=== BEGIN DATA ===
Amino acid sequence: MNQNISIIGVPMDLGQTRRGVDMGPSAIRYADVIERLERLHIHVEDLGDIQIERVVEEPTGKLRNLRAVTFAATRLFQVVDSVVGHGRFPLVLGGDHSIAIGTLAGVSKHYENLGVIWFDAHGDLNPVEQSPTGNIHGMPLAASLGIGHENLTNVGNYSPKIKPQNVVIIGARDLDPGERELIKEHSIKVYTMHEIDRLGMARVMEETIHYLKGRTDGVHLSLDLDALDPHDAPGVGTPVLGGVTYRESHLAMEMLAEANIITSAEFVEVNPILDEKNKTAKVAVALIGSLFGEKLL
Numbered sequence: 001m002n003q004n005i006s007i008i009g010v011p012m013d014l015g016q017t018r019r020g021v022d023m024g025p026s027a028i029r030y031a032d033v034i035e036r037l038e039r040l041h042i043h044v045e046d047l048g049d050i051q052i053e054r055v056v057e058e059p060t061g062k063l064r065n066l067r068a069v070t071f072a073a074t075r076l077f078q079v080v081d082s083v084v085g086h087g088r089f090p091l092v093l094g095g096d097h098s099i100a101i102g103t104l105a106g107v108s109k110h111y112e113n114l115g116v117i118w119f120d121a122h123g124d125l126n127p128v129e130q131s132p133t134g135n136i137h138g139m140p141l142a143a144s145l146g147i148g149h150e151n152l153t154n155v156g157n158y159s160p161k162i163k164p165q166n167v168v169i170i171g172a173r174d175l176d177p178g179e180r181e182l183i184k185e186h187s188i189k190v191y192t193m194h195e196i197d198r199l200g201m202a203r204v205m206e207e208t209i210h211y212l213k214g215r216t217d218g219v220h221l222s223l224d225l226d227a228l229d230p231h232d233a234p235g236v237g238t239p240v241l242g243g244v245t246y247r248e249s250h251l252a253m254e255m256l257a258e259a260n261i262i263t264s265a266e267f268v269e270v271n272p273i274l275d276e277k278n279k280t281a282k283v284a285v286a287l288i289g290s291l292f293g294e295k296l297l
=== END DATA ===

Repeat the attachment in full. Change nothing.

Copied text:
Amino acid sequence: MNQNISIIGVPMDLGQTRRGVDMGPSAIRYADVIERLERLHIHVEDLGDIQIERVVEEPTGKLRNLRAVTFAATRLFQVVDSVVGHGRFPLVLGGDHSIAIGTLAGVSKHYENLGVIWFDAHGDLNPVEQSPTGNIHGMPLAASLGIGHENLTNVGNYSPKIKPQNVVIIGARDLDPGERELIKEHSIKVYTMHEIDRLGMARVMEETIHYLKGRTDGVHLSLDLDALDPHDAPGVGTPVLGGVTYRESHLAMEMLAEANIITSAEFVEVNPILDEKNKTAKVAVALIGSLFGEKLL
Numbered sequence: 001m002n003q004n005i006s007i008i009g010v011p012m013d014l015g016q017t018r019r020g021v022d023m024g025p026s027a028i029r030y031a032d033v034i035e036r037l038e039r040l041h042i043h044v045e046d047l048g049d050i051q052i053e054r055v056v057e058e059p060t061g062k063l064r065n066l067r068a069v070t071f072a073a074t075r076l077f078q079v080v081d082s083v084v085g086h087g088r089f090p091l092v093l094g095g096d097h098s099i100a101i102g103t104l105a106g107v108s109k110h111y112e113n114l115g116v117i118w119f120d121a122h123g124d125l126n127p128v129e130q131s132p133t134g135n136i137h138g139m140p141l142a143a144s145l146g147i148g149h150e151n152l153t154n155v156g157n158y159s160p161k162i163k164p165q166n167v168v169i170i171g172a173r174d175l176d177p178g179e180r181e182l183i184k185e186h187s188i189k190v191y192t193m194h195e196i197d198r199l200g201m202a203r204v205m206e207e208t209i210h211y212l213k214g215r216t217d218g219v220h221l222s223l224d225l226d227a228l229d230p231h232d233a234p235g236v237g238t239p240v241l242g243g244v245t246y247r248e249s250h251l252a253m254e255m256l257a258e259a260n261i262i263t264s265a266e267f268v269e270v271n272p273i274l275d276e277k278n279k280t281a282k283v284a285v286a287l288i289g290s291l292f293g294e295k296l297l